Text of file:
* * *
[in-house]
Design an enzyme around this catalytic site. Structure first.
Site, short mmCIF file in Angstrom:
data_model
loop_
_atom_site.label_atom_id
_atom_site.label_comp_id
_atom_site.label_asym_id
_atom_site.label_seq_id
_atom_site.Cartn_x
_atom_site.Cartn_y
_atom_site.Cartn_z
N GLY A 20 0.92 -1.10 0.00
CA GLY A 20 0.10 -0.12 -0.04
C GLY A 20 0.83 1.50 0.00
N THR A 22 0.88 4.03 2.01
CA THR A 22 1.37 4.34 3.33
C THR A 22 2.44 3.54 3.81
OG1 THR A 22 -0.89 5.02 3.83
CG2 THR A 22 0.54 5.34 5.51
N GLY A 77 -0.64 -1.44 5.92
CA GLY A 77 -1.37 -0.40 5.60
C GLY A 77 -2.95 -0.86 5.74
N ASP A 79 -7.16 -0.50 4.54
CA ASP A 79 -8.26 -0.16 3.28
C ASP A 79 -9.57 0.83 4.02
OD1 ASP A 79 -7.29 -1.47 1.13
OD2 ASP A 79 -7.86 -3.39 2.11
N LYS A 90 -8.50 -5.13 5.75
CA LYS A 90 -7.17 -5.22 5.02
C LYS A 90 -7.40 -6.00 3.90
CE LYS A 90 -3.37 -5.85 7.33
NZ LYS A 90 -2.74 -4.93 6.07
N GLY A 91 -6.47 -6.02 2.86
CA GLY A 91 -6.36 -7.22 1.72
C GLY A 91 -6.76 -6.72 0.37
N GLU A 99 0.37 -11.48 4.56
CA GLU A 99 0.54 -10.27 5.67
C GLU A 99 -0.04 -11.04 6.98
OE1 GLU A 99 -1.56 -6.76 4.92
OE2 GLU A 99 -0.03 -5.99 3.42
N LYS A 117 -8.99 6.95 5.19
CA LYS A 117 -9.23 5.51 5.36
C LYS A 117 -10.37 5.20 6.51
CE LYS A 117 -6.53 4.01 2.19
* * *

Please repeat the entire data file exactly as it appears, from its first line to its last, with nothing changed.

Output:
[in-house]
Design an enzyme around this catalytic site. Structure first.
Site, short mmCIF file in Angstrom:
data_model
loop_
_atom_site.label_atom_id
_atom_site.label_comp_id
_atom_site.label_asym_id
_atom_site.label_seq_id
_atom_site.Cartn_x
_atom_site.Cartn_y
_atom_site.Cartn_z
N GLY A 20 0.92 -1.10 0.00
CA GLY A 20 0.10 -0.12 -0.04
C GLY A 20 0.83 1.50 0.00
N THR A 22 0.88 4.03 2.01
CA THR A 22 1.37 4.34 3.33
C THR A 22 2.44 3.54 3.81
OG1 THR A 22 -0.89 5.02 3.83
CG2 THR A 22 0.54 5.34 5.51
N GLY A 77 -0.64 -1.44 5.92
CA GLY A 77 -1.37 -0.40 5.60
C GLY A 77 -2.95 -0.86 5.74
N ASP A 79 -7.16 -0.50 4.54
CA ASP A 79 -8.26 -0.16 3.28
C ASP A 79 -9.57 0.83 4.02
OD1 ASP A 79 -7.29 -1.47 1.13
OD2 ASP A 79 -7.86 -3.39 2.11
N LYS A 90 -8.50 -5.13 5.75
CA LYS A 90 -7.17 -5.22 5.02
C LYS A 90 -7.40 -6.00 3.90
CE LYS A 90 -3.37 -5.85 7.33
NZ LYS A 90 -2.74 -4.93 6.07
N GLY A 91 -6.47 -6.02 2.86
CA GLY A 91 -6.36 -7.22 1.72
C GLY A 91 -6.76 -6.72 0.37
N GLU A 99 0.37 -11.48 4.56
CA GLU A 99 0.54 -10.27 5.67
C GLU A 99 -0.04 -11.04 6.98
OE1 GLU A 99 -1.56 -6.76 4.92
OE2 GLU A 99 -0.03 -5.99 3.42
N LYS A 117 -8.99 6.95 5.19
CA LYS A 117 -9.23 5.51 5.36
C LYS A 117 -10.37 5.20 6.51
CE LYS A 117 -6.53 4.01 2.19